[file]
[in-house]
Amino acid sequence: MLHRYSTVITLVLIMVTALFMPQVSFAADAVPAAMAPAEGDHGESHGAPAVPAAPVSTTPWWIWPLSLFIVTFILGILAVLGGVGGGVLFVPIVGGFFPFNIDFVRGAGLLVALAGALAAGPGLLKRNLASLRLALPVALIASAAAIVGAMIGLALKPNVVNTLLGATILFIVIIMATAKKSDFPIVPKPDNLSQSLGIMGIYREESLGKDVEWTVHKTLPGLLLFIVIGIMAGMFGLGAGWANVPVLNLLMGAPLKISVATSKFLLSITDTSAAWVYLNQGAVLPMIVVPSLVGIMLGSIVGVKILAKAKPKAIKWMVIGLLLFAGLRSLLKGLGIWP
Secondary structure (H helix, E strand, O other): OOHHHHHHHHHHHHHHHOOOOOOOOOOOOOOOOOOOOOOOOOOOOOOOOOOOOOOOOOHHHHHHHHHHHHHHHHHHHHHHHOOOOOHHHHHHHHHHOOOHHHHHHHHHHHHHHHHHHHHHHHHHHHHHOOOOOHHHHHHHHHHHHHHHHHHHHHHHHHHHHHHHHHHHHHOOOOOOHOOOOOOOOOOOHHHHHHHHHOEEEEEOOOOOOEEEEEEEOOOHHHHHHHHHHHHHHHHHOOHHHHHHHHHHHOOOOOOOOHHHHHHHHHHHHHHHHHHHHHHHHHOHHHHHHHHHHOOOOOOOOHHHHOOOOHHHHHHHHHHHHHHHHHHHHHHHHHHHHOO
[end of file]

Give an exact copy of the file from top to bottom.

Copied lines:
[in-house]
Amino acid sequence: MLHRYSTVITLVLIMVTALFMPQVSFAADAVPAAMAPAEGDHGESHGAPAVPAAPVSTTPWWIWPLSLFIVTFILGILAVLGGVGGGVLFVPIVGGFFPFNIDFVRGAGLLVALAGALAAGPGLLKRNLASLRLALPVALIASAAAIVGAMIGLALKPNVVNTLLGATILFIVIIMATAKKSDFPIVPKPDNLSQSLGIMGIYREESLGKDVEWTVHKTLPGLLLFIVIGIMAGMFGLGAGWANVPVLNLLMGAPLKISVATSKFLLSITDTSAAWVYLNQGAVLPMIVVPSLVGIMLGSIVGVKILAKAKPKAIKWMVIGLLLFAGLRSLLKGLGIWP
Secondary structure (H helix, E strand, O other): OOHHHHHHHHHHHHHHHOOOOOOOOOOOOOOOOOOOOOOOOOOOOOOOOOOOOOOOOOHHHHHHHHHHHHHHHHHHHHHHHOOOOOHHHHHHHHHHOOOHHHHHHHHHHHHHHHHHHHHHHHHHHHHHOOOOOHHHHHHHHHHHHHHHHHHHHHHHHHHHHHHHHHHHHHOOOOOOHOOOOOOOOOOOHHHHHHHHHOEEEEEOOOOOOEEEEEEEOOOHHHHHHHHHHHHHHHHHOOHHHHHHHHHHHOOOOOOOOHHHHHHHHHHHHHHHHHHHHHHHHHOHHHHHHHHHHOOOOOOOOHHHHOOOOHHHHHHHHHHHHHHHHHHHHHHHHHHHHOO